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You know there's an election coming up when politicians start talking about high-speed rail. But will it ever get off the ground — and would it be worth the cost?
He had just experienced the thrill of riding the Shinkansen, an ultra-fast inter-city bullet train that had already been in operation for two decades.
It was a ride that made his occasional commute from Canberra to Sydney, well over four hours long, feel particularly gloomy in comparison.
He conceived the idea of a high-speed railway between Sydney, Canberra and Melbourne, dubbed the Very Fast Train.
Dr Wild's vision became the first Australian high-speed rail proposal to fall over, but scores have followed in its footsteps.
And as the fast rail debate rears its titanium head in time for another election year, many are wondering if it's ever going to become a reality — or whether it should.
Can we afford it?According to rail transport professor John Preston from the University of Southampton, very few city pairs in the world can satisfy the necessary conditions for commercially viable high-speed rail network.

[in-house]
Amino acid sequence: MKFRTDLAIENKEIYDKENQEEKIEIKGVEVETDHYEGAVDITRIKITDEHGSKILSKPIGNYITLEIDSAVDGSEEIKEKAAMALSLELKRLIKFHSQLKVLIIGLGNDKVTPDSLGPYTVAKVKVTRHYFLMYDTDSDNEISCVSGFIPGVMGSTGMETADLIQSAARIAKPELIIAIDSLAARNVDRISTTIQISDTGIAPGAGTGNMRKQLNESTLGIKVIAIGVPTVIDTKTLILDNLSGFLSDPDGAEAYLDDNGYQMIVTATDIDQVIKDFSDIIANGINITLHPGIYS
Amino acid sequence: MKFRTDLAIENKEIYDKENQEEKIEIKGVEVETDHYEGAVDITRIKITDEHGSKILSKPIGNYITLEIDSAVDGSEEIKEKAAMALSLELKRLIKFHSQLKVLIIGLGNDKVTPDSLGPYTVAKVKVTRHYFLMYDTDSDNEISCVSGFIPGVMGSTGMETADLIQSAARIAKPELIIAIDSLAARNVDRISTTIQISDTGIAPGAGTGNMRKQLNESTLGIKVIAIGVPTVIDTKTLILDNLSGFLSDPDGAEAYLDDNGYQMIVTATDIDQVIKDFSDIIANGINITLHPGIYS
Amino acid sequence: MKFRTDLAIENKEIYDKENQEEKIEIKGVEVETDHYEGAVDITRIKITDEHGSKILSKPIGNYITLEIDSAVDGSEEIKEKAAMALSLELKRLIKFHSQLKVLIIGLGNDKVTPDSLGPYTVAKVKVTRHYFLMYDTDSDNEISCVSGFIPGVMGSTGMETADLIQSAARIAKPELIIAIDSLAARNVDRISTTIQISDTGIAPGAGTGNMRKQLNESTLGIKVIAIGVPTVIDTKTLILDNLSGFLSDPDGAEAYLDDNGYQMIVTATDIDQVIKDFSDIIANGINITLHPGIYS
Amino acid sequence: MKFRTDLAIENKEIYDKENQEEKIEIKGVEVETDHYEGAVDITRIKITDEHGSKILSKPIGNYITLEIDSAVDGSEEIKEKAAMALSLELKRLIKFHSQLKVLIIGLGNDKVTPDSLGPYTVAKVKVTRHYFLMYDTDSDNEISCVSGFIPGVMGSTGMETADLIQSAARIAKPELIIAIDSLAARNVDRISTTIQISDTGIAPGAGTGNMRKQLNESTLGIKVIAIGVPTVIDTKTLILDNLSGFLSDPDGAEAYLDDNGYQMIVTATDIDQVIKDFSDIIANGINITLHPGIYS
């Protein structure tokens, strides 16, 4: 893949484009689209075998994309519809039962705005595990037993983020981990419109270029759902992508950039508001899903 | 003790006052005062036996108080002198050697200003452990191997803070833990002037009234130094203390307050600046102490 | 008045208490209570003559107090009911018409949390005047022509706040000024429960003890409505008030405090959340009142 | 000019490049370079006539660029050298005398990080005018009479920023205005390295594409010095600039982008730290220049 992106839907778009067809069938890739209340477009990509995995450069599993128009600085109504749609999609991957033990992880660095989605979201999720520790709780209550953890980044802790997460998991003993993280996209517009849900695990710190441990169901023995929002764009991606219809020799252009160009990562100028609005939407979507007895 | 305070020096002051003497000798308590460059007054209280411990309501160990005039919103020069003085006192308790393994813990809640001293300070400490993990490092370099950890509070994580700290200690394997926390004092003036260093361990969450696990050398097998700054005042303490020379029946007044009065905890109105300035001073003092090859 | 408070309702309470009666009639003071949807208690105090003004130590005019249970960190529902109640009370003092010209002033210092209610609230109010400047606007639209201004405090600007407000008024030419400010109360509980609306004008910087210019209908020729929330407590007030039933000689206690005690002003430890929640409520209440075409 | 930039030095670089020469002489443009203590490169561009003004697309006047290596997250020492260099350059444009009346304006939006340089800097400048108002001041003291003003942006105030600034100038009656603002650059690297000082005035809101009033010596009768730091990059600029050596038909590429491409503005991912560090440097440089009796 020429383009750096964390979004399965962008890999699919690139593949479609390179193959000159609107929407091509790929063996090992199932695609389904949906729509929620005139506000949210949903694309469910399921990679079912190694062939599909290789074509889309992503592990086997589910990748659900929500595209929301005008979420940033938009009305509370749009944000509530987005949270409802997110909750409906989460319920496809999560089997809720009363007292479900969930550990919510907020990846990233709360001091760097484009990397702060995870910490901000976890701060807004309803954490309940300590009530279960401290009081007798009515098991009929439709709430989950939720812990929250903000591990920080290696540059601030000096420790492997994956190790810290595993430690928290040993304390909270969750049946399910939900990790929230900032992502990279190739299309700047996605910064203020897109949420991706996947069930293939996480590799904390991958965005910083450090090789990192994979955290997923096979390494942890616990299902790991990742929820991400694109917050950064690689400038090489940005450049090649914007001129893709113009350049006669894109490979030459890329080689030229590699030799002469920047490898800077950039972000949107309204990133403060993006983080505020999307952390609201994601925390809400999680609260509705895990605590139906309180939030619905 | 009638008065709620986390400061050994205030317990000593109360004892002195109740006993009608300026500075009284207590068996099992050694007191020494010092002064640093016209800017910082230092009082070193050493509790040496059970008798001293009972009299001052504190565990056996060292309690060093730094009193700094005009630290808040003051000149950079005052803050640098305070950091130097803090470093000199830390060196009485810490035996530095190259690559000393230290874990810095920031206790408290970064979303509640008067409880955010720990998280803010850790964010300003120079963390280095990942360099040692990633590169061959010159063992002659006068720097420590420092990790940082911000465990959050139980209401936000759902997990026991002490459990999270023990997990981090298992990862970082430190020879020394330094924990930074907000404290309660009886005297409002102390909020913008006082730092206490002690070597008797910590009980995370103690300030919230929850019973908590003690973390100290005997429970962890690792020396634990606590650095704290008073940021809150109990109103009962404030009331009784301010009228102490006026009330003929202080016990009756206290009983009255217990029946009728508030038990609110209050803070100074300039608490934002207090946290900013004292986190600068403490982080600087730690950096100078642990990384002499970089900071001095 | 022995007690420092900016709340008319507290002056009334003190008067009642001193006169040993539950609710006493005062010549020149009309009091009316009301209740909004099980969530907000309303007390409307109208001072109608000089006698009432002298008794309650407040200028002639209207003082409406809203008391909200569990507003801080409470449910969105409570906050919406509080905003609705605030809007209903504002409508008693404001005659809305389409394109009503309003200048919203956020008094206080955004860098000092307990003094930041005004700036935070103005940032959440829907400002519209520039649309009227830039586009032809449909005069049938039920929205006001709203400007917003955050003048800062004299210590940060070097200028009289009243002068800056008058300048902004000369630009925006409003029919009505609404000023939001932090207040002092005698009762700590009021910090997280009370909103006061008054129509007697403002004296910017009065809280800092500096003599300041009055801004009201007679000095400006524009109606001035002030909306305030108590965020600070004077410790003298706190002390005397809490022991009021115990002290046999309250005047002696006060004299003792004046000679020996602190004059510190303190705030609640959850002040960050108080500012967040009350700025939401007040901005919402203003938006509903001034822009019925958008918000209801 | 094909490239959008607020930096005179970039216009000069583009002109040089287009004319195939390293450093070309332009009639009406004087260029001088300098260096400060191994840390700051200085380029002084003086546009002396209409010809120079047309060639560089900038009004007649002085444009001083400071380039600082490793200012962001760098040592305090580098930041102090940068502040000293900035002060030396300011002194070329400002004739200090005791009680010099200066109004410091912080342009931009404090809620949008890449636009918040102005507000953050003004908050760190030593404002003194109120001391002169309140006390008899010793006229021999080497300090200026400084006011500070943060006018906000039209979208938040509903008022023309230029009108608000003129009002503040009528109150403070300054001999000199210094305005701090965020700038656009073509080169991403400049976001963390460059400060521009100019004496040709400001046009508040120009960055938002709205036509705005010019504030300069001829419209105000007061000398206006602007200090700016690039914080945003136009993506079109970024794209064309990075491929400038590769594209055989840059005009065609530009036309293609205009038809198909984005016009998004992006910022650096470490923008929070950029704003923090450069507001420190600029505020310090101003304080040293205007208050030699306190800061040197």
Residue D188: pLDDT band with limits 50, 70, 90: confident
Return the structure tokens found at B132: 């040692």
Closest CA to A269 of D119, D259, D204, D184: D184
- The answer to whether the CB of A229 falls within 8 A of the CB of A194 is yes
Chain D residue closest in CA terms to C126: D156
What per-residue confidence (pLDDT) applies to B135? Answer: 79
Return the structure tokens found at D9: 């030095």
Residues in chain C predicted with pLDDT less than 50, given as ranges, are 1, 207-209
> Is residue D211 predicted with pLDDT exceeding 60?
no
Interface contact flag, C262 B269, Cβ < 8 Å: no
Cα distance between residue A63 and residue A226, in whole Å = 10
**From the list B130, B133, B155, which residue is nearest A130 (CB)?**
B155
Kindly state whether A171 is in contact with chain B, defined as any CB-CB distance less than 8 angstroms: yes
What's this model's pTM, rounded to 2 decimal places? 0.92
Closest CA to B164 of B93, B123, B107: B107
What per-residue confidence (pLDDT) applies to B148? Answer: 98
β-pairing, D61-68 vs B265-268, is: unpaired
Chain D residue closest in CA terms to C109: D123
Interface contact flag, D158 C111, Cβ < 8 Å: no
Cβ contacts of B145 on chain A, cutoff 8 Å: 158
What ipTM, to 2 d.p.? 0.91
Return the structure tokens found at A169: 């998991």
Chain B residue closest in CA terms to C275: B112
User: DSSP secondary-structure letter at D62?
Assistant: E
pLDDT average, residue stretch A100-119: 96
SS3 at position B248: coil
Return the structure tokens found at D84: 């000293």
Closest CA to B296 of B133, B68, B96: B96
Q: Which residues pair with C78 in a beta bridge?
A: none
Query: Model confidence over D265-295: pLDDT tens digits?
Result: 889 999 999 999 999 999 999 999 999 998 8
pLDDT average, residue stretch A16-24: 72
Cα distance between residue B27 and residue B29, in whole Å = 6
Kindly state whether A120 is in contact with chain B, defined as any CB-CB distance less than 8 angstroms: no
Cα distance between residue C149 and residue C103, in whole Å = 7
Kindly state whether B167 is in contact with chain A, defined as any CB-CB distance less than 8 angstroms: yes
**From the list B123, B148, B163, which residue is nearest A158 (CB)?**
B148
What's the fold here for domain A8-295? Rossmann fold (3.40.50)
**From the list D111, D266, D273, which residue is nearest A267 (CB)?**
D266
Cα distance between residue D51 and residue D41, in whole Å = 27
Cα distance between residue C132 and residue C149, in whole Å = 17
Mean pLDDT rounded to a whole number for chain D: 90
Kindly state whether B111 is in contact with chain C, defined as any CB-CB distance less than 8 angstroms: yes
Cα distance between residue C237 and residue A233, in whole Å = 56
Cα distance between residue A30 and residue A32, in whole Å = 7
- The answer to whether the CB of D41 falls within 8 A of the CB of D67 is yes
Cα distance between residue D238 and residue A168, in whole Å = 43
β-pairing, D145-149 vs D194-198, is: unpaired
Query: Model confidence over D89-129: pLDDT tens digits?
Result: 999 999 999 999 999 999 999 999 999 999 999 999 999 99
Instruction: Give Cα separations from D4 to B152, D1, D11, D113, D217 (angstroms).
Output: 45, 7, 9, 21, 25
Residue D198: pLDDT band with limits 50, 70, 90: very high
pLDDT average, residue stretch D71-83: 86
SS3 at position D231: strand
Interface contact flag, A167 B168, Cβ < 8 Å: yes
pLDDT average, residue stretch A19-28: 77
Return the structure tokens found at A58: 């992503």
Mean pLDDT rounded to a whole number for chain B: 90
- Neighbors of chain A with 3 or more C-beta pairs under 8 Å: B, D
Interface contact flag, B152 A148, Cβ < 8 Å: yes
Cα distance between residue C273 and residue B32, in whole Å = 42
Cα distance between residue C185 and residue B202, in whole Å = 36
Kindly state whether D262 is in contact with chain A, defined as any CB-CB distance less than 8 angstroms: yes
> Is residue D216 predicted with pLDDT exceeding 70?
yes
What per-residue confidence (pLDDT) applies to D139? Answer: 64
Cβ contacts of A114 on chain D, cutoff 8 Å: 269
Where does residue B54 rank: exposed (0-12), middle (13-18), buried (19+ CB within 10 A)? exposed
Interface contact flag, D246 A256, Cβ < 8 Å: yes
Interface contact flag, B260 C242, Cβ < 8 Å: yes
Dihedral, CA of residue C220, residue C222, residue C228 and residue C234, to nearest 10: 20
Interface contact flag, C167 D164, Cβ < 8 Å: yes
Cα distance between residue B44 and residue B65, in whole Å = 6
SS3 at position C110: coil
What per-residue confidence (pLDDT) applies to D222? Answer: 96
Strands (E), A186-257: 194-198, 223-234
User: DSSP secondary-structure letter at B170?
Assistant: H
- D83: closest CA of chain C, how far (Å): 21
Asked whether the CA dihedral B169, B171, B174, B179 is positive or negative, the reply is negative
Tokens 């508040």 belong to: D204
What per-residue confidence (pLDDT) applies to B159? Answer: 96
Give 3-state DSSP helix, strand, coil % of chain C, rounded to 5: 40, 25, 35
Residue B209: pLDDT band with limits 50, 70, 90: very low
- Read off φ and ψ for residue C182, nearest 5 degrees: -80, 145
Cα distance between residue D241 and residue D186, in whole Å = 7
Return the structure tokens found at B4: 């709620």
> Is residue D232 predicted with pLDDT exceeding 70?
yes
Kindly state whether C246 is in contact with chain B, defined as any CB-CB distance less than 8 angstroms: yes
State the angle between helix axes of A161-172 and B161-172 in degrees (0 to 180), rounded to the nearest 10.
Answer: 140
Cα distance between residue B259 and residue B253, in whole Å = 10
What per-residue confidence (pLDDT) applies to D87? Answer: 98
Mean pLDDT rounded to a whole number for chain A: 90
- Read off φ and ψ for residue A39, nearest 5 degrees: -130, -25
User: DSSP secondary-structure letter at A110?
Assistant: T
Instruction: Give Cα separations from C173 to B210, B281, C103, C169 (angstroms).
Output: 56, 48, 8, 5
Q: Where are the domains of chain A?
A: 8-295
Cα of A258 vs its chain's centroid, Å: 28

"Tokyo-Osaka is clearly one, and Paris-Lyon is another. Shanghai-Nanjing in China are possibilities, but they're facing relatively heavy levels of demand," he says.
"We're talking 20 million passengers per annum in the first year of operation, and then normally fairly substantial growth thereafter."
At home, despite of all the private sector interest — and there has been plenty over the years — no organisation has been prepared to build a network without government support.
"Tellingly, people are willing to design and build it, but no-one is saying they would be willing to run it," transport consultant Peter Thornton says.
This means that almost all proposals are reliant on governments throwing money in the kitty to get fast rail infrastructure off, onto, or under the ground.
In 2013 the Rudd government put the cost of a Brisbane to Melbourne via Sydney and Canberra route at an eye-watering $114 billion.
This would dwarf even Sydney's in-progress WestConnex, which at a possible $45 billion represents one of Australia's most expensive transport projects.
It is a number that alarms Marion Terrill, director of the Transport and Cities Program at the Grattan Institute.
"Just to put that in perspective, that's $5,000 for every person in Australia — it's a generation's worth of infrastructure funding," she says.
This article first appeared on www.abc.net.au
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